Month: January 2021

first_imgStudent government is revamping the Political Brew initiative with a modern take: a regular podcast that will cover a wide range of issues to educate students and incite political engagement.The new initiative will begin Sunday with a live event at 2:30 p.m. in Andrews Auditorium in Geddes Hall that will be recorded for the pilot episode podcast and will be released in the near future. The event is open to all students to attend.Previously, the Political Brew initiative was a monthly event where students gathered to watch the political talk show “Meet the Press” and discuss current events, senior and student government director of community engagement and outreach Adam Moeller said. The Vidal-Devine administration started the program in 2015 to foster conversation between students with differing views. Moeller and the community engagement and 0utreach team have partnered with BridgeND — a campus organization with similar goals of bipartisan discourse — and ND Votes for the revised Political Brew initiative.“We were tasked by student government leadership to revamp it, bring it back and keep going with that mission to generate good, bipartisan discourse — issue-based discourse,” Moeller said.The group plans to record some parts of the podcasts live in addition to using some closed interviews.“We wanted to create more of a brand with it and reach a broader audience,” Moeller said. “There are so many events that happen on Notre Dame’s campus, and we know that people — even if they are interested — can’t always make the time commitment to get there, so that’s why we thought a podcast would be good.”For the pilot episode, which will center around the topic of Deferred Action for Childhood Arrivals (DACA) and immigration, a Notre Dame DACA student will talk about her own personal experience. For the second half of the podcast, Moeller said, the group will interview prominent immigration lawyer Reaz Jafri. He said the podcast as a whole will give both a human and legal perspective on the issue from an objective stance, but will give students all of the facts surrounding various issues.Sophomore Evan DaCosta, moderator of the podcasts, said he is hoping the popularity of the podcast increases as word of it spreads.“We’re trying to make it something that people can plug in whenever they have some time and listen to it,” DaCosta said. “We’re trying to get it out to a pretty big audience.”The episodes will center on political topics that relate to college students, Moeller said. The group felt DACA and immigration were prominent issues, DaCosta said, because they affect a number of Notre Dame students.“I hope that it becomes a long-term thing that has a large audience and that it’s something that continues to grow and will carry on past us,” DaCosta said. “Notre Dame is not as politically active of a school as other schools, so the whole thing is stoking political activism and getting people to talk about what they believe in and stand up for what they believe in, no matter what it is.”The second episode will cover free speech and political polarization on campus, Moeller said. Political Brew will interview Cass Sunstein, a legal scholar and administrator of the Office of Information and Regulatory Affairs under President Obama, for the episode.“We are hoping if it’s high quality it can be a way for Notre Dame to engage on a more national level,” Moeller said. “For Notre Dame students to show that college students can think critically about these issues, but also that college students are very divided about these issues just like everyone else.”Some students tend to shy away from political engagement due to the negativity of politics and the perception that there is more focus on winning than actual progress and improvement for the country, Moeller said. The Political Brew podcasts, he said, will be a way to educate students about current issues and encourage them to become more engaged.“Why people should be more open to bipartisan, productive, issue-based discourse is that hopefully this is the way we want our politics to turn in the future,” Moeller said. “You can be a part of building a better country where we can talk and actually make things happen, and where we can respect every member of our broader national community.”Tags: Community Engagement and Outreach, Podcast, Political Brew, Student governmentlast_img read more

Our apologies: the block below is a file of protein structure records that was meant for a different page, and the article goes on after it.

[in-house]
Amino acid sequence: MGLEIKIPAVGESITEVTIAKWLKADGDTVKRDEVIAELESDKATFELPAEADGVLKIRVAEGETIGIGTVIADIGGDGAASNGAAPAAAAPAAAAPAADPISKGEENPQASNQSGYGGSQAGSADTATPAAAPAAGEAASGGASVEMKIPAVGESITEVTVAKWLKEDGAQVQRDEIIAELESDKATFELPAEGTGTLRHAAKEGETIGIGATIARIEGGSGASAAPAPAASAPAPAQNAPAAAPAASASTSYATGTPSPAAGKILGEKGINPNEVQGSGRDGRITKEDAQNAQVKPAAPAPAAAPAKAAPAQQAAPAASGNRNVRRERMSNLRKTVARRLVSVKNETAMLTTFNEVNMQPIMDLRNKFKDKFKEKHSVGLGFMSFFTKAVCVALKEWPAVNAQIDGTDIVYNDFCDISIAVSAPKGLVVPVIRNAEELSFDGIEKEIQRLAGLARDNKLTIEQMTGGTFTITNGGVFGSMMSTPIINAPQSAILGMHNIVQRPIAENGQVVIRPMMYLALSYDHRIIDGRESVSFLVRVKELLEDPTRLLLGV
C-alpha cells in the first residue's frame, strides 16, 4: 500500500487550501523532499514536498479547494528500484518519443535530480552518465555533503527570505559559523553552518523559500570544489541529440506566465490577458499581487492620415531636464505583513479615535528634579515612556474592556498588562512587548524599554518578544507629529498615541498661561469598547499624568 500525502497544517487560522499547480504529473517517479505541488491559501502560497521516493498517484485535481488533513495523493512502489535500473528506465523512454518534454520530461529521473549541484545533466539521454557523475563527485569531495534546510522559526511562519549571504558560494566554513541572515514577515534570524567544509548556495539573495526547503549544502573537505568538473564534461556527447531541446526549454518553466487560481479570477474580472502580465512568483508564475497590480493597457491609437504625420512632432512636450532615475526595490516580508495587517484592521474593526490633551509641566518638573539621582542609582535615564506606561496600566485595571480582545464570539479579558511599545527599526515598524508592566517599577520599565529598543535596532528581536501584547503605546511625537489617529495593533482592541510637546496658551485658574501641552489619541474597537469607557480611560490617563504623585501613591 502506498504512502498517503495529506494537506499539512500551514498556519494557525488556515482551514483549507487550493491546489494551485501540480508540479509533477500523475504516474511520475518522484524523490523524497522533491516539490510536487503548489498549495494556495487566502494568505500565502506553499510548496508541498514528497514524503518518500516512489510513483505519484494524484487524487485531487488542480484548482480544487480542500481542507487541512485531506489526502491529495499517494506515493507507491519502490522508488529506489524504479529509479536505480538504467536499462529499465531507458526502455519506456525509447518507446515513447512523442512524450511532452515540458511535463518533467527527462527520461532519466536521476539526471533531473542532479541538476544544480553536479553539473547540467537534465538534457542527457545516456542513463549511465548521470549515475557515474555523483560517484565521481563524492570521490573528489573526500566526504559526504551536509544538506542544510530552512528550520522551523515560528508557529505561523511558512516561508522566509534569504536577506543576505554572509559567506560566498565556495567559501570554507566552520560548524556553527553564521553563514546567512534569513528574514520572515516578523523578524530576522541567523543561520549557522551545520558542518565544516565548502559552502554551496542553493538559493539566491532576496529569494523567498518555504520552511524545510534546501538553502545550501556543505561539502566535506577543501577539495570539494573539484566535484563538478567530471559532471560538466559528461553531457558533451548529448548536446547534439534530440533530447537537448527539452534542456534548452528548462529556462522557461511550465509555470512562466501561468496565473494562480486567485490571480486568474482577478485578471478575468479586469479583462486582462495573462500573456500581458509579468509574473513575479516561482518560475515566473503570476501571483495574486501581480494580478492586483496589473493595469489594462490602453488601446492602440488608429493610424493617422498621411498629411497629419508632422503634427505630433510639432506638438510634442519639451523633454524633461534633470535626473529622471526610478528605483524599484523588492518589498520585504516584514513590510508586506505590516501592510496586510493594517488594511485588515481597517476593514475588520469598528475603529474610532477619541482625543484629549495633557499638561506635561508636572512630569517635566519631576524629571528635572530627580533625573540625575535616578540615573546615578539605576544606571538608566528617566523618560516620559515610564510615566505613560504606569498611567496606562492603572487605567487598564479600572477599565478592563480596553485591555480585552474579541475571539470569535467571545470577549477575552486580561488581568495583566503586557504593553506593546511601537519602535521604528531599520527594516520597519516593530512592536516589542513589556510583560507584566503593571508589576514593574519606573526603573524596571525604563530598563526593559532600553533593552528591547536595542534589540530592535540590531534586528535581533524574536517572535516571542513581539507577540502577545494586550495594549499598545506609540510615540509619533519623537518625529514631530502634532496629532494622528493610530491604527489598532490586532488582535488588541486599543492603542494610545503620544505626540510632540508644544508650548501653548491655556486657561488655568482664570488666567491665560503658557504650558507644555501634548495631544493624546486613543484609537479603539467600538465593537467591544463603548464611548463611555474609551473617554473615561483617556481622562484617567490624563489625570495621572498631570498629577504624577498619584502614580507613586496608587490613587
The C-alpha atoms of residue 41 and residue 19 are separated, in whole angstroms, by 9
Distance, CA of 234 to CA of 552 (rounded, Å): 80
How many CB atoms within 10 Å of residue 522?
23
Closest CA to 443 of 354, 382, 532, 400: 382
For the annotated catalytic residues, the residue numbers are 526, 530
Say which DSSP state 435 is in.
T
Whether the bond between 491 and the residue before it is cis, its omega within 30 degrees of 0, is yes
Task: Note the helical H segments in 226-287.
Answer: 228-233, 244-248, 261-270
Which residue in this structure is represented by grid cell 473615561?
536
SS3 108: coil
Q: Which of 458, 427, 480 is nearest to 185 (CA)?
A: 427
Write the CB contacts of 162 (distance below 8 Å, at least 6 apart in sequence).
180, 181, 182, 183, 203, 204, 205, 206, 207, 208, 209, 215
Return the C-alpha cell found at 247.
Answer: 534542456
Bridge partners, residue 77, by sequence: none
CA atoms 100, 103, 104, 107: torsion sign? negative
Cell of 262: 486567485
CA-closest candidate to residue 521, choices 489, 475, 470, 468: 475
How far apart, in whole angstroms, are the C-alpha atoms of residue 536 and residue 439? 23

Month: January 2021

first_imgA two-semester, graded course sequence, the Moreau First Year Experience helps new students integrate their academic, co-curricular and residential experiences. This year’s class of first years recently completed their diversity and inclusion unit. However, the lesson plan appeared different from that of past years.Andrew Whittington, one of the co-directors of the Moreau program, said one great differences between this year and last year is all those involved in coordinating the course hoped to create a streamline for talking about inclusion and the value of diversity throughout the entire semester.“Regardless if our topics are explicitly on belonging at Notre Dame, or academic success or academic rigor, the spirit of inclusion is present in that conversation even if it is not specifically titled that,” Whittington said.Moreau advisers have been trained to use a dosing technique in which they are constantly introducing language, the Notre Dame community values and ways to engage in difficult conversations throughout the entire semester, so that when they move into more specific discussions, the topics are not entirely brand new to the first year students.Lauren Donahue, co-director of the Moreau program, explained her team has decided to take more of the micro lens to approaching diversity, which prompts students to conduct a deep introspection look into who they are, their identities and what is most salient for them.“This self-awareness enables them to be more open and to consider other identities and experiences, and how they differ from them[selves],” Donahoe said.In addition to starting at that micro level and talking about the students’ identities first, another change this year is when the course addressed implicit bias, which is usually taught in the spring semester. Donahue believes introducing topics early on, then revisiting them, allows the first years to have a more foundational, shared experience.“Last week’s lesson on diversity and inclusion has been really helpful in transitioning into a community that I am not used to,” first year Caroline Bender said. “It’s taught me a lot about how to live in a community with so much diversity and how to grow in this community.”She said her Moreau class focused on talking about different strategies, like having civil discussions with people who may not share similar beliefs or are from different backgrounds.Bender said one thing her class really emphasized was civil discourse and how to have respectful conversations to foster growth not division.Bender and her classmates were provided various strategies on how to speak with people from different backgrounds in a respectful manner. She learned conversation tips she had not previously considered.“I think it really helps to have these strategies, so that we are able to use them in everyday conversations,” Bender said.First year Eleanor Rey also spoke highly of last week’s course material, saying it was different, but eye opening.Rey said her professor placed an emphasis on microaggressions, teaching what they are and how people tend to frequently overlook them.“I realized how much I use microaggressions in daily life and how easy it is to stop using them, and to use a different type of language if you are curious about someone else’s culture,” Rey explained. “By doing this, you avoid hurting someone else’s feelings and invite community-building, instead of breaking down another with microaggressions, which most of the time are made without ill intentions.”While the topic of diversity and inclusion can be a sensitive subject for some students to speak about, Rey and Bender said their Moreau advisers had done a great job in making their discussions comfortable for them.Rey said her Moreau teacher has made it easy for her and her classmates to talk in class. She said he always speaks first after posing a question to the class, making the students feel comfortable in what can be a very nerve-racking period for the new college students.“We are really open in our Moreau class. We talk about everything and anything,” Rey said. “My adviser is the best. I find it extremely easy to share my thoughts with the class, and I think they feel the same way.”Tags: Diversity, first years, inclusion, moreaulast_img read more